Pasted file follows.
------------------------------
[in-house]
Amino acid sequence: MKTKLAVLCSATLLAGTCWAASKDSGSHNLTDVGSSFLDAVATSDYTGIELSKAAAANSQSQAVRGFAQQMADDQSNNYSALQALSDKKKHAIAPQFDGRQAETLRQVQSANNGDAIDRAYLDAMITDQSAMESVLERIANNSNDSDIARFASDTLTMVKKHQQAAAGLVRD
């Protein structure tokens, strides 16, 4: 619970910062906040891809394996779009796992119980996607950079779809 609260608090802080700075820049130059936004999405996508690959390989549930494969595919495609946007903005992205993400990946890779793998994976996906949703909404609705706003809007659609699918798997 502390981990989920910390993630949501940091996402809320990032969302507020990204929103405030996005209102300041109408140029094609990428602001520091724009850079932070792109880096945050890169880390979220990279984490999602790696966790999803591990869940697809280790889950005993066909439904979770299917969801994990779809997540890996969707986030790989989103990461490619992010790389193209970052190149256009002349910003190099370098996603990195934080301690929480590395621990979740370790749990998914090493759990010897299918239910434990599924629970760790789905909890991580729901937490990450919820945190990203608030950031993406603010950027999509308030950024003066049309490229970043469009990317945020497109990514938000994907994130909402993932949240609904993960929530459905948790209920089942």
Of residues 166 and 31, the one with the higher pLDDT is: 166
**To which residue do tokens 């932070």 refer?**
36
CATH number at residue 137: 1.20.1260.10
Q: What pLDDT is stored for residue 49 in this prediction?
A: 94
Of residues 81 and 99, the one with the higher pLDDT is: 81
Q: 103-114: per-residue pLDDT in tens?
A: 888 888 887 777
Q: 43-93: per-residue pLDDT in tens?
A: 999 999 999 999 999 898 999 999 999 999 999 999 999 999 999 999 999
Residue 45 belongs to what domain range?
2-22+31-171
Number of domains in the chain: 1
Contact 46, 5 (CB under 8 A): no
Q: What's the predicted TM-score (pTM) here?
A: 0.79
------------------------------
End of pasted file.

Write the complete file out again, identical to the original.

[in-house]
Amino acid sequence: MKTKLAVLCSATLLAGTCWAASKDSGSHNLTDVGSSFLDAVATSDYTGIELSKAAAANSQSQAVRGFAQQMADDQSNNYSALQALSDKKKHAIAPQFDGRQAETLRQVQSANNGDAIDRAYLDAMITDQSAMESVLERIANNSNDSDIARFASDTLTMVKKHQQAAAGLVRD
């Protein structure tokens, strides 16, 4: 619970910062906040891809394996779009796992119980996607950079779809 609260608090802080700075820049130059936004999405996508690959390989549930494969595919495609946007903005992205993400990946890779793998994976996906949703909404609705706003809007659609699918798997 502390981990989920910390993630949501940091996402809320990032969302507020990204929103405030996005209102300041109408140029094609990428602001520091724009850079932070792109880096945050890169880390979220990279984490999602790696966790999803591990869940697809280790889950005993066909439904979770299917969801994990779809997540890996969707986030790989989103990461490619992010790389193209970052190149256009002349910003190099370098996603990195934080301690929480590395621990979740370790749990998914090493759990010897299918239910434990599924629970760790789905909890991580729901937490990450919820945190990203608030950031993406603010950027999509308030950024003066049309490229970043469009990317945020497109990514938000994907994130909402993932949240609904993960929530459905948790209920089942």
Of residues 166 and 31, the one with the higher pLDDT is: 166
**To which residue do tokens 């932070």 refer?**
36
CATH number at residue 137: 1.20.1260.10
Q: What pLDDT is stored for residue 49 in this prediction?
A: 94
Of residues 81 and 99, the one with the higher pLDDT is: 81
Q: 103-114: per-residue pLDDT in tens?
A: 888 888 887 777
Q: 43-93: per-residue pLDDT in tens?
A: 999 999 999 999 999 898 999 999 999 999 999 999 999 999 999 999 999
Residue 45 belongs to what domain range?
2-22+31-171
Number of domains in the chain: 1
Contact 46, 5 (CB under 8 A): no
Q: What's the predicted TM-score (pTM) here?
A: 0.79